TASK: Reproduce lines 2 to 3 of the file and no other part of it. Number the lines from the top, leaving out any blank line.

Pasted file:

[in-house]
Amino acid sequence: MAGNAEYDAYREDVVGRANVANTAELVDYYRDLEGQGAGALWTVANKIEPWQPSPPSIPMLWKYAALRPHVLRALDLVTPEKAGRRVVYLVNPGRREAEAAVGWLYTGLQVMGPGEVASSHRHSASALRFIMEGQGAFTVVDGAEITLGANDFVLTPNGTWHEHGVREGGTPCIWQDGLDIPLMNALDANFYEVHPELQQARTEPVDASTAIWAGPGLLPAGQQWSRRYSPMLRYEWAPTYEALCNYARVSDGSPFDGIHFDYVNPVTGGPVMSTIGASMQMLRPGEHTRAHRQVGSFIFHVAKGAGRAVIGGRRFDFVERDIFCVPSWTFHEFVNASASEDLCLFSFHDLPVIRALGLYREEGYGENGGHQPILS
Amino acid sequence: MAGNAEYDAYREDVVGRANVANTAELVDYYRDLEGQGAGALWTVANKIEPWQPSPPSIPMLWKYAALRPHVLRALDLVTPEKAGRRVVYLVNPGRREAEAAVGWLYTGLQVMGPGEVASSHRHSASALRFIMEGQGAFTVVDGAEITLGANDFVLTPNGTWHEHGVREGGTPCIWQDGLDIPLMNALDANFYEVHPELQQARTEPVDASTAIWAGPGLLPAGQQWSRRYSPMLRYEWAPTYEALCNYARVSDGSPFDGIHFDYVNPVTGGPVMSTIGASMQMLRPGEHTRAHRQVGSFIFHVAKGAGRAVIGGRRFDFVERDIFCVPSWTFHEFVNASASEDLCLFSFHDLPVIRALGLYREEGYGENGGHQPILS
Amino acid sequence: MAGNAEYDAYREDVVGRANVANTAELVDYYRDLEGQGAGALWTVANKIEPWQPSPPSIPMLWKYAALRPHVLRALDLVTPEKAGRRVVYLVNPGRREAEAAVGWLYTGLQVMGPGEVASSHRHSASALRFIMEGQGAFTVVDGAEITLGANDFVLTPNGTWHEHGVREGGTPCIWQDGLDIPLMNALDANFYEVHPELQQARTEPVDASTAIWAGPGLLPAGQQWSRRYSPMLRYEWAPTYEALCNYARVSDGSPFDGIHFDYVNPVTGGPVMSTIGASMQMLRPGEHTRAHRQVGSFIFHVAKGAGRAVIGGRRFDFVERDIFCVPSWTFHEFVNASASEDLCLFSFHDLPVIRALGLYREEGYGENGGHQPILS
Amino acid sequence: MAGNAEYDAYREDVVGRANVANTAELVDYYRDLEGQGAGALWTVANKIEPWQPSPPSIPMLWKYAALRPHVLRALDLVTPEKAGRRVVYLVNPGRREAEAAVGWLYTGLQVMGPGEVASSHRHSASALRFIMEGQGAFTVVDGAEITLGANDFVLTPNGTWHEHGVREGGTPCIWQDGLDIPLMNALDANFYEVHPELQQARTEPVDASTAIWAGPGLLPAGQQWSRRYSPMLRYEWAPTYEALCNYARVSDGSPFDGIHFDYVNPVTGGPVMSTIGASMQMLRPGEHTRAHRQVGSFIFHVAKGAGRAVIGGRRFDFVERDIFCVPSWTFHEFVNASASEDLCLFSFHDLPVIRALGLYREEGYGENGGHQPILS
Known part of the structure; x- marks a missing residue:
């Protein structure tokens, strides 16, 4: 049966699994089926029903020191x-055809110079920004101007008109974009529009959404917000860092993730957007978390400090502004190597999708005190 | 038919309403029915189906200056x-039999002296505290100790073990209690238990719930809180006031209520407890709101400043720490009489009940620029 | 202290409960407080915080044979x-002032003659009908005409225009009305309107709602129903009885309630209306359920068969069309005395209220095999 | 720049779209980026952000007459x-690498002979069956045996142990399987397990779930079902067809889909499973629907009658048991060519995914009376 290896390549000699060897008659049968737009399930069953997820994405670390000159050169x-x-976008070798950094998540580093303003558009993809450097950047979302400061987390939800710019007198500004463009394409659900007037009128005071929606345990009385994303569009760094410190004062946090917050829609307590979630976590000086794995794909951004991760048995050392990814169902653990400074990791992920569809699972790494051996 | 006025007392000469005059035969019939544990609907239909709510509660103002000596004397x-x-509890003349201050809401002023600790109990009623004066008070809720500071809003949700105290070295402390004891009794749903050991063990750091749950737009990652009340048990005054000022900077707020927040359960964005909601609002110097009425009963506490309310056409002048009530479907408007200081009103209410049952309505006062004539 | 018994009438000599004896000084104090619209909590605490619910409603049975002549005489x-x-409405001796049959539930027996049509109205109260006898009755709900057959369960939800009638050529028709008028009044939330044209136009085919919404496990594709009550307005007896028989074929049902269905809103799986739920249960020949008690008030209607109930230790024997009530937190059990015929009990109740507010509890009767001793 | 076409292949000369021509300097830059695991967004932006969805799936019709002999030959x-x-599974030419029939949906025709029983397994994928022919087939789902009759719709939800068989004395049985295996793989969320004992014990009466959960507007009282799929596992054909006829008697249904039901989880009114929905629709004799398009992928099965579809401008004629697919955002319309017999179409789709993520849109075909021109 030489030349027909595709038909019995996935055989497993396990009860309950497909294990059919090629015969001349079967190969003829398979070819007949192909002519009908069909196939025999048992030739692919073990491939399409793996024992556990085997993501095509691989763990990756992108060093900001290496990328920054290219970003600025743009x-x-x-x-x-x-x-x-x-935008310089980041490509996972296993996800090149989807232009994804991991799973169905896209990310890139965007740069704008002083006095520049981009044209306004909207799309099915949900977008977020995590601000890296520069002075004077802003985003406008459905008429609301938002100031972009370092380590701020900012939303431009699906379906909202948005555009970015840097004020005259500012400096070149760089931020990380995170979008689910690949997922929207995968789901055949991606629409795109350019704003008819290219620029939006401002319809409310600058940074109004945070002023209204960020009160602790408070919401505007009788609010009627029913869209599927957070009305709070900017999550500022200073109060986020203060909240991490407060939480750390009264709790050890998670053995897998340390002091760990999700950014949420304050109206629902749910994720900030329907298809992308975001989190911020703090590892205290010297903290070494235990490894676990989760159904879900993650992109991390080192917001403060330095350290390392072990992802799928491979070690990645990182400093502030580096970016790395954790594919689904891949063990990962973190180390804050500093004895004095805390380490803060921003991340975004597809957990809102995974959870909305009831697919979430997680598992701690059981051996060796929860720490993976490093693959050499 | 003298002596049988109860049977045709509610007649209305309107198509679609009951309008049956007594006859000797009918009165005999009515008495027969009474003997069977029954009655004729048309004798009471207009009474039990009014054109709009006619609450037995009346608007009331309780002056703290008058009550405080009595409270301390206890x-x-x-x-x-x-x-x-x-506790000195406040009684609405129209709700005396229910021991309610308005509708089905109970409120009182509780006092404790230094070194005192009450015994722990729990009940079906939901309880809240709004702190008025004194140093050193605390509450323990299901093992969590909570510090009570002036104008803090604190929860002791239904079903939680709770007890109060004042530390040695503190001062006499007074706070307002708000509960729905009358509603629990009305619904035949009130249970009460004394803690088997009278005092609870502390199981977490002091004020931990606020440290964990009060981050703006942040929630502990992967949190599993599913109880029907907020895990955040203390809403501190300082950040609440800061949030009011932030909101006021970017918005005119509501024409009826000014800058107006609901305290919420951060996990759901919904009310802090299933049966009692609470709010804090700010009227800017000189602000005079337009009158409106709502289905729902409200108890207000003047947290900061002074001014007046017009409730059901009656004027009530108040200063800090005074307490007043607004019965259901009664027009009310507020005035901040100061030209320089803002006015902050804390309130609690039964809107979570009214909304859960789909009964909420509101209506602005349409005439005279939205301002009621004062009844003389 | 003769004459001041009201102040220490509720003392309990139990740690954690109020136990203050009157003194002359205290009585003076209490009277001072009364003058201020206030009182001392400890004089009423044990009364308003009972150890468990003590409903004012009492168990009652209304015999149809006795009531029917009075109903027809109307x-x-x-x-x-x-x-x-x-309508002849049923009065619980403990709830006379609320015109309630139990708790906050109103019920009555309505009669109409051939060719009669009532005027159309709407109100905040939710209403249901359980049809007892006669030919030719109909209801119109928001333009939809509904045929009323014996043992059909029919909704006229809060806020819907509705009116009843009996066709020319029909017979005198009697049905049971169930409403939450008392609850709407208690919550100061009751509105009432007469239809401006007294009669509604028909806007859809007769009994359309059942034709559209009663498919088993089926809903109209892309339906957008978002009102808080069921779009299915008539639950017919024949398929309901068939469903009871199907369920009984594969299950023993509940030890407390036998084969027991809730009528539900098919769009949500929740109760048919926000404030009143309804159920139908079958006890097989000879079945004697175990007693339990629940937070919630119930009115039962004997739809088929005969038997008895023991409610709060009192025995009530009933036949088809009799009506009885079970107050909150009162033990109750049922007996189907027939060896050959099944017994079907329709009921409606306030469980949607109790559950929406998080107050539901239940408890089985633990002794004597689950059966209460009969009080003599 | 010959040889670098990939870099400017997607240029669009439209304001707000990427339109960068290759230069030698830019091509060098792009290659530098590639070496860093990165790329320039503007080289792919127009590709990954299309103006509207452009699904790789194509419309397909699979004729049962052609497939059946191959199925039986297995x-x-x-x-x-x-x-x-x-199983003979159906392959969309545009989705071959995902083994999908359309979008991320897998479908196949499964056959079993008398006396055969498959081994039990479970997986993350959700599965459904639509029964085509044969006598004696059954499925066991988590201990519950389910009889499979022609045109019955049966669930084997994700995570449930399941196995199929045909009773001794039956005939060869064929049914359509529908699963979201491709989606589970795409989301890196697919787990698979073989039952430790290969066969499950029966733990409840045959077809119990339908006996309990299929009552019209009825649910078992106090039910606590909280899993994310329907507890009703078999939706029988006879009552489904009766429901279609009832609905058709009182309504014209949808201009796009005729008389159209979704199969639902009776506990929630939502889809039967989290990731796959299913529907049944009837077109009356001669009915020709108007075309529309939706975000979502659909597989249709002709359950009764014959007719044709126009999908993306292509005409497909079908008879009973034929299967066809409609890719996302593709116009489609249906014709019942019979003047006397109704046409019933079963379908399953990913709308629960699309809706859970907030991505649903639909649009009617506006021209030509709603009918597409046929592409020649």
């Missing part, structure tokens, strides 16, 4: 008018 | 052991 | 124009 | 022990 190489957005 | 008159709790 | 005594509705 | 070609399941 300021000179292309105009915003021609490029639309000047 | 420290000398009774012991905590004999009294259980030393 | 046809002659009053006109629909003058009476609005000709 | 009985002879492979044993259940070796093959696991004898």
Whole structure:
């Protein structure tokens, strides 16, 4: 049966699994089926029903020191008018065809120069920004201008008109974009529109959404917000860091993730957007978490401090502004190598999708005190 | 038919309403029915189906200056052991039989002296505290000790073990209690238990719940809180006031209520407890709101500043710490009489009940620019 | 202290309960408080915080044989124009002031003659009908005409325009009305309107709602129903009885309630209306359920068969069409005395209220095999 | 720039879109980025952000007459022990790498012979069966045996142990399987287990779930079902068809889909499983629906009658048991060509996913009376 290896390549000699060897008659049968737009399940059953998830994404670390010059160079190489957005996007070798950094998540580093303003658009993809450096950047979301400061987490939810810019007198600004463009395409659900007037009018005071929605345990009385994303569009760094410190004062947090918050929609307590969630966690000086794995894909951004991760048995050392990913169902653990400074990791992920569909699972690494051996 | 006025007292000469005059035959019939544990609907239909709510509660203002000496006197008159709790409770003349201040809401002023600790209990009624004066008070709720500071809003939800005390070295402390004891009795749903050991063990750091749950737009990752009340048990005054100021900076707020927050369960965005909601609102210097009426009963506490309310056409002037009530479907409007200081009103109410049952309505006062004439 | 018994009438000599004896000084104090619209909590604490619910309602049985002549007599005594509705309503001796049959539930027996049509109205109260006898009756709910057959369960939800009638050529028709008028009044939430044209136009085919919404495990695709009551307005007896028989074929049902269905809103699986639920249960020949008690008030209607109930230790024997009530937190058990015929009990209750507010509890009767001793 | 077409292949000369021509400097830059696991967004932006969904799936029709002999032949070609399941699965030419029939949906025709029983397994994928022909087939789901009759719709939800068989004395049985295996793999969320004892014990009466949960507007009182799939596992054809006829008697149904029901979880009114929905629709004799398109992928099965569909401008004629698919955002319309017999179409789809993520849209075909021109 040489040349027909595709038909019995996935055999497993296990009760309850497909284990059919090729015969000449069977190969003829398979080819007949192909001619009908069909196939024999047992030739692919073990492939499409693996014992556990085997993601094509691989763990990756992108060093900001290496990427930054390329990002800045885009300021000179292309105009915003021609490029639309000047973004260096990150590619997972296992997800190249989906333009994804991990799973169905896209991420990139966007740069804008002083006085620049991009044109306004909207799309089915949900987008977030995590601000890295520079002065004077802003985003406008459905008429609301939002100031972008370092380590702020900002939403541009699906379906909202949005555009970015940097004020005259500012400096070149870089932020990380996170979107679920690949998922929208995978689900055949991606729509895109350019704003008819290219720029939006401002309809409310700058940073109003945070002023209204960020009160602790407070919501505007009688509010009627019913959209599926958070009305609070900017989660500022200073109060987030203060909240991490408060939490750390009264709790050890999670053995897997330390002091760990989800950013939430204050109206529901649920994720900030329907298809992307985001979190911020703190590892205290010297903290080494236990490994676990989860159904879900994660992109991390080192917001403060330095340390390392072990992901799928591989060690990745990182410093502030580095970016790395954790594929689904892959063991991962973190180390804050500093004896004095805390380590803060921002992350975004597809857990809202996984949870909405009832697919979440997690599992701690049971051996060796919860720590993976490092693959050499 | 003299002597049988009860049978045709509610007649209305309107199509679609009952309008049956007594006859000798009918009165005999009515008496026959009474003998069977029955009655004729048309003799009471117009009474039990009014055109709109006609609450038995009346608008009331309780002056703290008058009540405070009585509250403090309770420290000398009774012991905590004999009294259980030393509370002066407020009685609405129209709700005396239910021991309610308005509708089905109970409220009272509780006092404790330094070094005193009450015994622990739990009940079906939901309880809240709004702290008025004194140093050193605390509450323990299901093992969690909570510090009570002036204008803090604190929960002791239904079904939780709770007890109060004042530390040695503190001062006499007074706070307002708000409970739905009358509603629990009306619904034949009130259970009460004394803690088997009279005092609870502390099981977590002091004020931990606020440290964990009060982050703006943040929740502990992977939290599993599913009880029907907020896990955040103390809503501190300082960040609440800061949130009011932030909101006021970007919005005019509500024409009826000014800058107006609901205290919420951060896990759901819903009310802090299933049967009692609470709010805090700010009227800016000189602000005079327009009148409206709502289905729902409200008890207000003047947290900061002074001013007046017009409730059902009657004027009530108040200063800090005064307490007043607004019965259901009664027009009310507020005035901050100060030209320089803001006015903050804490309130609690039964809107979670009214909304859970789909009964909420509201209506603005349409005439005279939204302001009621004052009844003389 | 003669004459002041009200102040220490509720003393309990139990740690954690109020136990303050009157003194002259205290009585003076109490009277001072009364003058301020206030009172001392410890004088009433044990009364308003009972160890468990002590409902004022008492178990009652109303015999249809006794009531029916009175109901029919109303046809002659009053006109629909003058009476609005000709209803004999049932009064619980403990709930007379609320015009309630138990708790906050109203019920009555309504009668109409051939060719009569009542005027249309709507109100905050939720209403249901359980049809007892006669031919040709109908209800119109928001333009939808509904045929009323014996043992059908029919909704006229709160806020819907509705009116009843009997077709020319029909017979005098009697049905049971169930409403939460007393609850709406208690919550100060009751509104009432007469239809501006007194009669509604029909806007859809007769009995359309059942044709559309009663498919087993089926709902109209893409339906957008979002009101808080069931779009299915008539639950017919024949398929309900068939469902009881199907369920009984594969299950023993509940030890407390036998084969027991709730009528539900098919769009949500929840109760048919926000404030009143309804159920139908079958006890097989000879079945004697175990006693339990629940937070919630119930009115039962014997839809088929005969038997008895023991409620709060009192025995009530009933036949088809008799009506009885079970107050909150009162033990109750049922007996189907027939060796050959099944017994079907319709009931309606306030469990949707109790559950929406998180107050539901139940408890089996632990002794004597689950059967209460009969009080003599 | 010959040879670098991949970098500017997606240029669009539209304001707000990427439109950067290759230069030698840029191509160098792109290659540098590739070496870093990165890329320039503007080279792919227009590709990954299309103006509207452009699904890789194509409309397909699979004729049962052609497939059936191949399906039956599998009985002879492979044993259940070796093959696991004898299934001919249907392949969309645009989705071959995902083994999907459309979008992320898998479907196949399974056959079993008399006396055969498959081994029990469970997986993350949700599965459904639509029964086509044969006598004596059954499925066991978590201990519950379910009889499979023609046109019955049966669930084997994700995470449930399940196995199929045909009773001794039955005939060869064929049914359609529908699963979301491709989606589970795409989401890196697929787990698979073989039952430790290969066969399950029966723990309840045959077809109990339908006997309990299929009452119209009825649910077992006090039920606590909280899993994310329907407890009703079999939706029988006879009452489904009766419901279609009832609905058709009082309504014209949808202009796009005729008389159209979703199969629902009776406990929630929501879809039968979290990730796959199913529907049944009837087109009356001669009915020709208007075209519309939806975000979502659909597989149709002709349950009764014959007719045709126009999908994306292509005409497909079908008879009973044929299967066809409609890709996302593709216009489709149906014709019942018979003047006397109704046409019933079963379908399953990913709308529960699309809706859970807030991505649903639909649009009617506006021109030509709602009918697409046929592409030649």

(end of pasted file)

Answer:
Amino acid sequence: MAGNAEYDAYREDVVGRANVANTAELVDYYRDLEGQGAGALWTVANKIEPWQPSPPSIPMLWKYAALRPHVLRALDLVTPEKAGRRVVYLVNPGRREAEAAVGWLYTGLQVMGPGEVASSHRHSASALRFIMEGQGAFTVVDGAEITLGANDFVLTPNGTWHEHGVREGGTPCIWQDGLDIPLMNALDANFYEVHPELQQARTEPVDASTAIWAGPGLLPAGQQWSRRYSPMLRYEWAPTYEALCNYARVSDGSPFDGIHFDYVNPVTGGPVMSTIGASMQMLRPGEHTRAHRQVGSFIFHVAKGAGRAVIGGRRFDFVERDIFCVPSWTFHEFVNASASEDLCLFSFHDLPVIRALGLYREEGYGENGGHQPILS
Amino acid sequence: MAGNAEYDAYREDVVGRANVANTAELVDYYRDLEGQGAGALWTVANKIEPWQPSPPSIPMLWKYAALRPHVLRALDLVTPEKAGRRVVYLVNPGRREAEAAVGWLYTGLQVMGPGEVASSHRHSASALRFIMEGQGAFTVVDGAEITLGANDFVLTPNGTWHEHGVREGGTPCIWQDGLDIPLMNALDANFYEVHPELQQARTEPVDASTAIWAGPGLLPAGQQWSRRYSPMLRYEWAPTYEALCNYARVSDGSPFDGIHFDYVNPVTGGPVMSTIGASMQMLRPGEHTRAHRQVGSFIFHVAKGAGRAVIGGRRFDFVERDIFCVPSWTFHEFVNASASEDLCLFSFHDLPVIRALGLYREEGYGENGGHQPILS